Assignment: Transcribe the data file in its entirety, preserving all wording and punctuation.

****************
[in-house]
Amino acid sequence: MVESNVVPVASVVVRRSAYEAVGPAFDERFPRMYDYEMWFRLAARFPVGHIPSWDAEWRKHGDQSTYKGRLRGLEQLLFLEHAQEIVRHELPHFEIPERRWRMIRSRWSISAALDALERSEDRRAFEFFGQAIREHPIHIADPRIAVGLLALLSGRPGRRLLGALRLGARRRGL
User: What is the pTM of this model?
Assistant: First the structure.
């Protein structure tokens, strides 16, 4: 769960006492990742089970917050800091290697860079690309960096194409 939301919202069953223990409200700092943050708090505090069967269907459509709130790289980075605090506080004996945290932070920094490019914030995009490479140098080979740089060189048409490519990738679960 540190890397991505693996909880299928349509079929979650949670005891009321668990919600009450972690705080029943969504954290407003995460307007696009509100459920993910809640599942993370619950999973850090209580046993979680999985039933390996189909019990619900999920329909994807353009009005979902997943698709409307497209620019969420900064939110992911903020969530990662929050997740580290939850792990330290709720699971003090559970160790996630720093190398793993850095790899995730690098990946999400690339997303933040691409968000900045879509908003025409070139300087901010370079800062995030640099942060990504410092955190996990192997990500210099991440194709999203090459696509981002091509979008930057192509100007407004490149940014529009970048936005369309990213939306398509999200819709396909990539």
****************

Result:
[in-house]
Amino acid sequence: MVESNVVPVASVVVRRSAYEAVGPAFDERFPRMYDYEMWFRLAARFPVGHIPSWDAEWRKHGDQSTYKGRLRGLEQLLFLEHAQEIVRHELPHFEIPERRWRMIRSRWSISAALDALERSEDRRAFEFFGQAIREHPIHIADPRIAVGLLALLSGRPGRRLLGALRLGARRRGL
User: What is the pTM of this model?
Assistant: First the structure.
């Protein structure tokens, strides 16, 4: 769960006492990742089970917050800091290697860079690309960096194409 939301919202069953223990409200700092943050708090505090069967269907459509709130790289980075605090506080004996945290932070920094490019914030995009490479140098080979740089060189048409490519990738679960 540190890397991505693996909880299928349509079929979650949670005891009321668990919600009450972690705080029943969504954290407003995460307007696009509100459920993910809640599942993370619950999973850090209580046993979680999985039933390996189909019990619900999920329909994807353009009005979902997943698709409307497209620019969420900064939110992911903020969530990662929050997740580290939850792990330290709720699971003090559970160790996630720093190398793993850095790899995730690098990946999400690339997303933040691409968000900045879509908003025409070139300087901010370079800062995030640099942060990504410092955190996990192997990500210099991440194709999203090459696509981002091509979008930057192509100007407004490149940014529009970048936005369309990213939306398509999200819709396909990539």